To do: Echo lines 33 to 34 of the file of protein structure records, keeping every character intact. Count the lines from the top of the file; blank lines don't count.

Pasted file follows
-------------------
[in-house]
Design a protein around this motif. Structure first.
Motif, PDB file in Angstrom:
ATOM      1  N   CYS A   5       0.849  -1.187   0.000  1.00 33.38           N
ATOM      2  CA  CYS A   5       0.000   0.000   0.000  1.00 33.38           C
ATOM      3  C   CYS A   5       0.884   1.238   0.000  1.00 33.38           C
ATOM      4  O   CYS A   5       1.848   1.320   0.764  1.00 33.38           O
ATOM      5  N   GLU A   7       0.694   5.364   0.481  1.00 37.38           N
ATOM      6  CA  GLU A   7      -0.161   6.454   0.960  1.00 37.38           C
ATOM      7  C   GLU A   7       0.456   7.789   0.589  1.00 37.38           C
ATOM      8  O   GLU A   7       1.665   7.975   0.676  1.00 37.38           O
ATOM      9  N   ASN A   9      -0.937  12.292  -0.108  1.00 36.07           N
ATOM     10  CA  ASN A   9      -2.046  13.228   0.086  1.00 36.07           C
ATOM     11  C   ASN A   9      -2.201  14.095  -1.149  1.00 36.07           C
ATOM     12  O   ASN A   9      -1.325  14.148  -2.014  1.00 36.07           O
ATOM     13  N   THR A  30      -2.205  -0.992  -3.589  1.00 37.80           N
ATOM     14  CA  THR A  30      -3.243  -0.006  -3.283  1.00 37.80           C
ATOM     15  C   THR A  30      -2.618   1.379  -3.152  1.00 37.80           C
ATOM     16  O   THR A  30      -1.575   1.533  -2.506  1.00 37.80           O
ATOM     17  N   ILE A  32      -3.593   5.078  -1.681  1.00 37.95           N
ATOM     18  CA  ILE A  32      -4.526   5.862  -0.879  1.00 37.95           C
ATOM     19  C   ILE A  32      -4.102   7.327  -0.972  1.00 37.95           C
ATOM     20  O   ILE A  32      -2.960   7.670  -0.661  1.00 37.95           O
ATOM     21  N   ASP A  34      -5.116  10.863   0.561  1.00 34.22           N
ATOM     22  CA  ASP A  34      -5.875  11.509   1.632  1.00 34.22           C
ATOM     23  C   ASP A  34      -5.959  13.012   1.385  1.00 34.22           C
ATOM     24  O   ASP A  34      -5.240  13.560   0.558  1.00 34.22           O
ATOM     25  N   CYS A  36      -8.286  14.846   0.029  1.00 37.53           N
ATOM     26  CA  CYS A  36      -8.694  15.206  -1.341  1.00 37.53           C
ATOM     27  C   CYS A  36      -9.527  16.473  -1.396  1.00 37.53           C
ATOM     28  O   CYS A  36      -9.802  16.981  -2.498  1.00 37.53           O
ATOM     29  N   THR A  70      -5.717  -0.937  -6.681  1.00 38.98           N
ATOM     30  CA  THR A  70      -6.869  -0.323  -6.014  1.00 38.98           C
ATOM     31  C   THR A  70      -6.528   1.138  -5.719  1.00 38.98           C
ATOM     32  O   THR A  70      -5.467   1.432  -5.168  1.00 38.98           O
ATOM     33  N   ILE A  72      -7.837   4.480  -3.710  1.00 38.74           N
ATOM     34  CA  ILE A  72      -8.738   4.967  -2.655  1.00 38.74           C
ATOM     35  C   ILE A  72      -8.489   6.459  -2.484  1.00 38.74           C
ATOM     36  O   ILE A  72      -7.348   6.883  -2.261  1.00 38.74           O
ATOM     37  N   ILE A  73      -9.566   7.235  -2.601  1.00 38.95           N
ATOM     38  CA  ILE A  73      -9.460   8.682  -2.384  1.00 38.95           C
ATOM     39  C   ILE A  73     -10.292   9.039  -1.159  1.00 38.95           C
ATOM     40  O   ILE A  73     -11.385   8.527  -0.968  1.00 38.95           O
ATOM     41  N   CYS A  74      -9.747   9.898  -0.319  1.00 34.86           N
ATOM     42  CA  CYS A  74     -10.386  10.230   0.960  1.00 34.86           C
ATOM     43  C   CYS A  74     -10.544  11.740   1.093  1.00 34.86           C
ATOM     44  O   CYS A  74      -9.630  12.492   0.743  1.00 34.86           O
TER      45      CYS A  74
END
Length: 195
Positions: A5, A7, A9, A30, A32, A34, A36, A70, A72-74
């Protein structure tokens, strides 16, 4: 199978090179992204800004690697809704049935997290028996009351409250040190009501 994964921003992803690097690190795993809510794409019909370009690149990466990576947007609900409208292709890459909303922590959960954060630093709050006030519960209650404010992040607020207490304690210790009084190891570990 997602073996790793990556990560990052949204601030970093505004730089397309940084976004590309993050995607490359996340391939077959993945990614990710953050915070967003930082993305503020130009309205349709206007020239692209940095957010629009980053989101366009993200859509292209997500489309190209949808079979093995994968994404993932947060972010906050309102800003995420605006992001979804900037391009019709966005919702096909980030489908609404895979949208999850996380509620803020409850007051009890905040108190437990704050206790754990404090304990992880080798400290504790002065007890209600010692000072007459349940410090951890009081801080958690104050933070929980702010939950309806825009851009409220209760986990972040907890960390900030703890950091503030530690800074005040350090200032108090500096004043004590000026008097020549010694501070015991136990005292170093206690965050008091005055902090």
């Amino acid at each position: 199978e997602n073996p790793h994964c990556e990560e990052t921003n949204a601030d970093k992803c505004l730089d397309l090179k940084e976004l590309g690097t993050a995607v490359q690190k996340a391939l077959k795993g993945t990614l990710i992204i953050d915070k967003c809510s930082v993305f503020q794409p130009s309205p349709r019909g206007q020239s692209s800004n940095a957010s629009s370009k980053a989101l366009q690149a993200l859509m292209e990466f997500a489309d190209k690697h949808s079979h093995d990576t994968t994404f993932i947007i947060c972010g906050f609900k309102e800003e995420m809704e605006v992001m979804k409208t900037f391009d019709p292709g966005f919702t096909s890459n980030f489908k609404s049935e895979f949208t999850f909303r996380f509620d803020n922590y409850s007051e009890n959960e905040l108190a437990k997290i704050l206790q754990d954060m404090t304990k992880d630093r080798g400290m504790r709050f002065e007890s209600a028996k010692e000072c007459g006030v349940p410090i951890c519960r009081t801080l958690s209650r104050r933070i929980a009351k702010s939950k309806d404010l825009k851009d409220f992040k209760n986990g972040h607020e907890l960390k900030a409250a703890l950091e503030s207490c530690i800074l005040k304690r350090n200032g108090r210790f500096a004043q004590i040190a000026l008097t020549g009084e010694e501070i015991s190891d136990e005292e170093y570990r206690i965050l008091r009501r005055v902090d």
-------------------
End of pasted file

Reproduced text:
ATOM     30  CA  THR A  70      -6.869  -0.323  -6.014  1.00 38.98           C
ATOM     31  C   THR A  70      -6.528   1.138  -5.719  1.00 38.98           C